Despite the hype, UN sanctions and US priorities will stymie further progress in relations.
In an unexpected turn of events, 2018 saw some of the most significant developments in the relationship between North and South Korea since the Sunshine Policy. Supreme Leader Kim Jong-Un was able to achieve an extraordinary diplomatic windfall for his regime as he met with both South Korean President Moon Jae-In and US President Donald Trump. Yet as the year of summitry winds down, questions linger as to the sustainability of future dialogue and the sincerity of Kim’s diplomatic pronouncements going into the new year.
Among a rush of unprecedented “firsts”, including the first entry of a North Korean leader into South Korean territory since the Korean War, Moon and Kim signed the Panmunjom Declaration. The declaration called for the end of long standing military activities along the border region, the reunification of Korea, denuclearisation, and an agreement to work together to connect and modernise their two countries’ railways.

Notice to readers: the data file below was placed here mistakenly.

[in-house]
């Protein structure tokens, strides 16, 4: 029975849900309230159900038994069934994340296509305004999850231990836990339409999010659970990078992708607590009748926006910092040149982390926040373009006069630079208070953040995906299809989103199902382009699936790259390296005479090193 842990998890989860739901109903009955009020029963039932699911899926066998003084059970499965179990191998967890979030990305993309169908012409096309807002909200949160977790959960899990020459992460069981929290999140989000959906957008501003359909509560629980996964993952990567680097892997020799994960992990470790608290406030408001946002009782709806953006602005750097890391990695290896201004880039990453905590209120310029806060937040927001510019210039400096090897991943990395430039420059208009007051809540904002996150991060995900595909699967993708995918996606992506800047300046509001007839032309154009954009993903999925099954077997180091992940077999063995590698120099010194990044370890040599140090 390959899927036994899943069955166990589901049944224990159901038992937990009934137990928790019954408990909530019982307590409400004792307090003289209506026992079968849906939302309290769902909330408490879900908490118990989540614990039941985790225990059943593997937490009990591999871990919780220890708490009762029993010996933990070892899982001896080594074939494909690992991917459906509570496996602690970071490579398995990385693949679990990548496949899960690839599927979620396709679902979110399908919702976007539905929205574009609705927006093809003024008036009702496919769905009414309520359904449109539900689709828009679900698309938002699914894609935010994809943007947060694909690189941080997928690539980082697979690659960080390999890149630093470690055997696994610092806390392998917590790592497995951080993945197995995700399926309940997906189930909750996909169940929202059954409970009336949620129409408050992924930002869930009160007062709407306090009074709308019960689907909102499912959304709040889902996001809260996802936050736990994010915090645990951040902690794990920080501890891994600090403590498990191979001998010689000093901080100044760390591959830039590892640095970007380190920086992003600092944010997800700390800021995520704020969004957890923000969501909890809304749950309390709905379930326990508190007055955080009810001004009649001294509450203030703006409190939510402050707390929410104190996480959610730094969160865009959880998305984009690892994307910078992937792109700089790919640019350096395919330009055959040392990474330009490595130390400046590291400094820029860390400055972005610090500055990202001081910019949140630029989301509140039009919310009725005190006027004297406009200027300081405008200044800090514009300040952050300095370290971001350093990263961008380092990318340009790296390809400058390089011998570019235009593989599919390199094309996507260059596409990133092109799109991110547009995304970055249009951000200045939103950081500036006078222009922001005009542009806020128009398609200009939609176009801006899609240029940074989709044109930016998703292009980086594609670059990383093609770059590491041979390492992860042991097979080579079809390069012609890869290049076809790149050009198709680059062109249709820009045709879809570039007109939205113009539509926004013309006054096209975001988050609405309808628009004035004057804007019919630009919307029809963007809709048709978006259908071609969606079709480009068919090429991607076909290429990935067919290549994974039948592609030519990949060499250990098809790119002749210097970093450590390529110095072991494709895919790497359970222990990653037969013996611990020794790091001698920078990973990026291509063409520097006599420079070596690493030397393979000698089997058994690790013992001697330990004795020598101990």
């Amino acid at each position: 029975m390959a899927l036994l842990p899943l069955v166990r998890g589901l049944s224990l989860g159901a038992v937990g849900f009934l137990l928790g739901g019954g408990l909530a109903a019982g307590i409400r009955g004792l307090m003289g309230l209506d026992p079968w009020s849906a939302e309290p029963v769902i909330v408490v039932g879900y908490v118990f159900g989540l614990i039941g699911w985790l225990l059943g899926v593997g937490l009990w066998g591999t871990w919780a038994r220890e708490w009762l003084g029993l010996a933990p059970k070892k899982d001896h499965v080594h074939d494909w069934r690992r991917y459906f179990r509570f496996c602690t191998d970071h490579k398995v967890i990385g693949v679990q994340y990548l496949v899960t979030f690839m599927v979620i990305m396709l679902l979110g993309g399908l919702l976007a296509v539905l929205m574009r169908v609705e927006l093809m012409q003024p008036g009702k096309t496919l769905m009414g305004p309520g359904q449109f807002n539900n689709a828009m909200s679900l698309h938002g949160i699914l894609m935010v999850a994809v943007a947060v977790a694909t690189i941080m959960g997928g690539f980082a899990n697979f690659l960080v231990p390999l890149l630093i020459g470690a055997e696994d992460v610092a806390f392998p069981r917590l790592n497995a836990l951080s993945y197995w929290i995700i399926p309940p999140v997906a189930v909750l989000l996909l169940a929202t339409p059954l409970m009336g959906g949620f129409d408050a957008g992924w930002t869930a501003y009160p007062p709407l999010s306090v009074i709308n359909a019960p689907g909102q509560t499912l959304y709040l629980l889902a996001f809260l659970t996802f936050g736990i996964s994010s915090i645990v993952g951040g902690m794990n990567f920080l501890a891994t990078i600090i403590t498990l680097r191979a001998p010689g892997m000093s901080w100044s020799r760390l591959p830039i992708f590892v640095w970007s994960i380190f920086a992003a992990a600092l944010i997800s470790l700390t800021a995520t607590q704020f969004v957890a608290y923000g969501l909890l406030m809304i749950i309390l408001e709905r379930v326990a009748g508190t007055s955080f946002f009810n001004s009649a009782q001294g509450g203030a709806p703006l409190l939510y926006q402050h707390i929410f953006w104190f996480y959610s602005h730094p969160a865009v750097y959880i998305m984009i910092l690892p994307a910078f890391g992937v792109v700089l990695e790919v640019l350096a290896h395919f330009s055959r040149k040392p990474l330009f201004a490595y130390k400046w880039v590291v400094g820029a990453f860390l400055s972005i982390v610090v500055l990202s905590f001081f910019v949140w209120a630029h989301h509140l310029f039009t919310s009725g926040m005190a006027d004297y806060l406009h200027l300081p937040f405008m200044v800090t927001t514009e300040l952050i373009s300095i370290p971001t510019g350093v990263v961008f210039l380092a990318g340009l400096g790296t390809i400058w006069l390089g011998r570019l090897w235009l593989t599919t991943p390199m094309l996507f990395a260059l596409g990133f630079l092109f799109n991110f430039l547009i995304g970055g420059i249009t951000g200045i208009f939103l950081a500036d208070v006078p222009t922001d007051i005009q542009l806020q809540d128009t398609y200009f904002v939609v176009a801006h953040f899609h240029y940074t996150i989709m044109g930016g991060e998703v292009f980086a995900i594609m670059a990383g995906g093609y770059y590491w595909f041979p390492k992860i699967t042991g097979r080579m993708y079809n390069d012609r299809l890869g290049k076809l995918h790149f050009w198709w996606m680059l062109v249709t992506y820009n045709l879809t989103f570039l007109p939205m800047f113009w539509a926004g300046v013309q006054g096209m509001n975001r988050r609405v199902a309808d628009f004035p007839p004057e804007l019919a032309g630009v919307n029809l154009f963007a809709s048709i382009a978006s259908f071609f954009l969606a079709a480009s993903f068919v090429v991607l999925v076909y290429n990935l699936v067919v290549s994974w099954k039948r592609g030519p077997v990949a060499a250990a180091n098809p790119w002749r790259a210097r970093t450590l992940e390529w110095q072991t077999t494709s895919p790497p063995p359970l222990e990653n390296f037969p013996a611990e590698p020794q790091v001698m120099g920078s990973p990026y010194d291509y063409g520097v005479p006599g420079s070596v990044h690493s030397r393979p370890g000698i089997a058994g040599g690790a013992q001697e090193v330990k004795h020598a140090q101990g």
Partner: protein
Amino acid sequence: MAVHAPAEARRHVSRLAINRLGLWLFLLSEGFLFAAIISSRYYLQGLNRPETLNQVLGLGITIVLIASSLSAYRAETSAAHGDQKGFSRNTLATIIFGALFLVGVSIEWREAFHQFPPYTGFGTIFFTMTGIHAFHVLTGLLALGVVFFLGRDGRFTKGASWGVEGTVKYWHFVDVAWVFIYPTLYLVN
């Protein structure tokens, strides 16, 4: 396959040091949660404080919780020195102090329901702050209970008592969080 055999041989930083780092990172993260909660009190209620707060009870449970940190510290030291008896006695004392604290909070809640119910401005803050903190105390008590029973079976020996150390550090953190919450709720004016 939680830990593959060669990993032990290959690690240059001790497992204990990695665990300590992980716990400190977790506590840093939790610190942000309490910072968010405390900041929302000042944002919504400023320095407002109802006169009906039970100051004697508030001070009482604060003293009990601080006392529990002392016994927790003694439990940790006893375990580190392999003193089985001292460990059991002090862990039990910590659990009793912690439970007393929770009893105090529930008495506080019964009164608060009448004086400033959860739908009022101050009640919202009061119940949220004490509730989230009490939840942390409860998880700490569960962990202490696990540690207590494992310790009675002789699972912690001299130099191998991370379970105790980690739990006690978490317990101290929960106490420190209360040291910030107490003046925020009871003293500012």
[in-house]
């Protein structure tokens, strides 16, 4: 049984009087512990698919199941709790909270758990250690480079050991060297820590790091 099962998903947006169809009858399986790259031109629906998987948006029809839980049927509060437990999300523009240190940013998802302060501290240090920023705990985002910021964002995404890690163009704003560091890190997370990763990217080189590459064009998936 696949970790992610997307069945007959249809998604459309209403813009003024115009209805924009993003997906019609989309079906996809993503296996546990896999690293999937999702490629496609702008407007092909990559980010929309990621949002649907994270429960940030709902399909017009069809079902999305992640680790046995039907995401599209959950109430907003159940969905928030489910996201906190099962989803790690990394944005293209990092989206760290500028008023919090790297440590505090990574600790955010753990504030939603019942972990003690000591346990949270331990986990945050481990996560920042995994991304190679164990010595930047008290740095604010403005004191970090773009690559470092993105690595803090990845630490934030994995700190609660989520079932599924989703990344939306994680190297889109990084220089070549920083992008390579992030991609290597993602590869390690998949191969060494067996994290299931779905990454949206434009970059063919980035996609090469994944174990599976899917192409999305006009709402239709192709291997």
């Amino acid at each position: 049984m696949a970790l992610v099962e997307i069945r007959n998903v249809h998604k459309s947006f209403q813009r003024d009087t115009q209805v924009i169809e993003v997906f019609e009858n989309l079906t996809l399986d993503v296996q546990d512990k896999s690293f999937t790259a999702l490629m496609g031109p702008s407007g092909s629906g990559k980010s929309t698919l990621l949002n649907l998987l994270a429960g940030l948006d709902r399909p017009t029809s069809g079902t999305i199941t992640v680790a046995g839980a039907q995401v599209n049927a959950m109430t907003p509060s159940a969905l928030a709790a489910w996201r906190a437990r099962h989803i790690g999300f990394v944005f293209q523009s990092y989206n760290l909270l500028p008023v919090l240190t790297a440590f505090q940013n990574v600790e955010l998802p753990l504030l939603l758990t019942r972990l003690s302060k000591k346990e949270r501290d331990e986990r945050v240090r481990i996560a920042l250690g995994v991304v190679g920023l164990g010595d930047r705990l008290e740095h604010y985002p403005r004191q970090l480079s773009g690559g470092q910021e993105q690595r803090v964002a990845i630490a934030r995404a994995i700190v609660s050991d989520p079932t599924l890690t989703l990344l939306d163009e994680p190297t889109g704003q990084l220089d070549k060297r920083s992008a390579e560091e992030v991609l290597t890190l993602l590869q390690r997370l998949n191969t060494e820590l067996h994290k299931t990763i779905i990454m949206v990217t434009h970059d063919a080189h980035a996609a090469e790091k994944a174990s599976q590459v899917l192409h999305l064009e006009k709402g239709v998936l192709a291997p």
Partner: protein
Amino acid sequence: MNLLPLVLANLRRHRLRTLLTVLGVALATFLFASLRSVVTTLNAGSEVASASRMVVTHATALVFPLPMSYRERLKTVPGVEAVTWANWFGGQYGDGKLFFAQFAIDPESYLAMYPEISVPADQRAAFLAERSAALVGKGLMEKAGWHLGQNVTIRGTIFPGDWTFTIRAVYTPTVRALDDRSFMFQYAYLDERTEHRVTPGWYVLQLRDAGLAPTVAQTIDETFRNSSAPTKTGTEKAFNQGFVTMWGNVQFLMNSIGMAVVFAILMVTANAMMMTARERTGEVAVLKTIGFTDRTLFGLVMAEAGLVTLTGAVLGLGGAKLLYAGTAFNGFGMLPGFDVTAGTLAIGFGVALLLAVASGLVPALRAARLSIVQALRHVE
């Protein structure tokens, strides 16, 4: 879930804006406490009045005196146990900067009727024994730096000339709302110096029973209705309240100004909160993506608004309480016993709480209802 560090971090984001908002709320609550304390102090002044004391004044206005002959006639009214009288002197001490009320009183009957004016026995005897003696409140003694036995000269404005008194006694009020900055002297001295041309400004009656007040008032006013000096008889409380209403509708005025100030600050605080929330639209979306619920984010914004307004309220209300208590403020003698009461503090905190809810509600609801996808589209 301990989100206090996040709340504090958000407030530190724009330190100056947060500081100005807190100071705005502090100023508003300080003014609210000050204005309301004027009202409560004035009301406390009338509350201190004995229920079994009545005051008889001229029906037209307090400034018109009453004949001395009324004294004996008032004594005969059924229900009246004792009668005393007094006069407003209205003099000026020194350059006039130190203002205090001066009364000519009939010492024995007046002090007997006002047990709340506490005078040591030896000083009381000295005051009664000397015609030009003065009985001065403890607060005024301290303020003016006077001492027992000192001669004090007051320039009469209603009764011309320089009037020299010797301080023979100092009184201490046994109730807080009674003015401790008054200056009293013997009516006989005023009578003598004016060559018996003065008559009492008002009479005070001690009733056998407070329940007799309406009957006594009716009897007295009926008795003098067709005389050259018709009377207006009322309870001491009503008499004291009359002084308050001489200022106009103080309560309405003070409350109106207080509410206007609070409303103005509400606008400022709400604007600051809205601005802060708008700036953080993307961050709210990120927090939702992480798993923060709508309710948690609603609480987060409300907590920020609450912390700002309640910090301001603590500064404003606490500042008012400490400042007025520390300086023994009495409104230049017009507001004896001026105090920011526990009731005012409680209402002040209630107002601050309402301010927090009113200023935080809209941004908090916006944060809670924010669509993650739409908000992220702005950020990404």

Onthe issue of denuclearisation, North Korea has not conducted a missile test since November 28, 2017, a period of almost 400 days and the longest stretch without a missile test since the 2009-2012 hiatus. Yet, aside from the seemingly cheerful atmosphere surrounding Kim and Moon’s many encounters, this appears to be the only substantive step towards a lasting peace observed in the wake of summitry.
While a preliminary assessment of the North’s railroads was recently completed and a symbolic ground breaking ceremony expected by the end of the year, further progress toward modernisation will take much longer. For one, much of the bilateral negotiations being conducted by South Korea are limited by the purview of UN Security Council sanctions. Furthermore, the South Korean government’s position is that the project will require US and international support, much of which is dependent upon definitive progress toward denuclearisation.
With talks between the US and North Korea apparently stalled, hopes for the emergence of a diplomatic compromise seem to be fading quickly.